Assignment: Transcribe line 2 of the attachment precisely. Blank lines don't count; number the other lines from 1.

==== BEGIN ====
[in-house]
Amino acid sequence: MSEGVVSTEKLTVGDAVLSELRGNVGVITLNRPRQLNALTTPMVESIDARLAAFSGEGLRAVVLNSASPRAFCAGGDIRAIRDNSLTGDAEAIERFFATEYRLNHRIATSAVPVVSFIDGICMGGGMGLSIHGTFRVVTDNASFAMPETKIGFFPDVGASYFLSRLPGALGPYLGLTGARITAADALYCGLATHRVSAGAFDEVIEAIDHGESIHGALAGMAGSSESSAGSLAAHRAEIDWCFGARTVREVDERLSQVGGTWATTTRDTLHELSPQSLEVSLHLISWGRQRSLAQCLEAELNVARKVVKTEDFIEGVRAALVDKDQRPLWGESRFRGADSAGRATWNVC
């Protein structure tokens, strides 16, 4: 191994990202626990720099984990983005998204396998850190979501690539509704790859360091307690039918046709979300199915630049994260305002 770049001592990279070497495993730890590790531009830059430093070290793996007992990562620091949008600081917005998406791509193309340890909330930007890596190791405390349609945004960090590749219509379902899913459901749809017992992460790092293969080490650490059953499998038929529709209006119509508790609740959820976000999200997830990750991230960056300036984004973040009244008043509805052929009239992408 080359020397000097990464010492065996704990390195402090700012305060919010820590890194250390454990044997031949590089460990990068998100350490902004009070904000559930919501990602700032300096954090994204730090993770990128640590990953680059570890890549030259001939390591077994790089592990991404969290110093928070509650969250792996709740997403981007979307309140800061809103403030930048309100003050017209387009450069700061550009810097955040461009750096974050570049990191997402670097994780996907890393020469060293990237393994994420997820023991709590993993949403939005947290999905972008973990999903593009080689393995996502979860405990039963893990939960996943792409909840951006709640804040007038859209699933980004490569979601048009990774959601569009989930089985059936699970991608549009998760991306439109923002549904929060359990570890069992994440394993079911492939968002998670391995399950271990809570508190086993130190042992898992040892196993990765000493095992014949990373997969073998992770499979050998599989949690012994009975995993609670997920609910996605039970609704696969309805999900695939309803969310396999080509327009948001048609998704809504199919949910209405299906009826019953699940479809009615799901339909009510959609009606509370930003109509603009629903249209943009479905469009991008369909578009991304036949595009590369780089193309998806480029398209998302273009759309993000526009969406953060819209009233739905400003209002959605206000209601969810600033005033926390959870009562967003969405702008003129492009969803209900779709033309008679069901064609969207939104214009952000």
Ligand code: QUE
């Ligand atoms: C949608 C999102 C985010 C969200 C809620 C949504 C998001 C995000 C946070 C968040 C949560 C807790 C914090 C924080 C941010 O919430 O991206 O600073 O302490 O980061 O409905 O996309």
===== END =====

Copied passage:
Amino acid sequence: MSEGVVSTEKLTVGDAVLSELRGNVGVITLNRPRQLNALTTPMVESIDARLAAFSGEGLRAVVLNSASPRAFCAGGDIRAIRDNSLTGDAEAIERFFATEYRLNHRIATSAVPVVSFIDGICMGGGMGLSIHGTFRVVTDNASFAMPETKIGFFPDVGASYFLSRLPGALGPYLGLTGARITAADALYCGLATHRVSAGAFDEVIEAIDHGESIHGALAGMAGSSESSAGSLAAHRAEIDWCFGARTVREVDERLSQVGGTWATTTRDTLHELSPQSLEVSLHLISWGRQRSLAQCLEAELNVARKVVKTEDFIEGVRAALVDKDQRPLWGESRFRGADSAGRATWNVC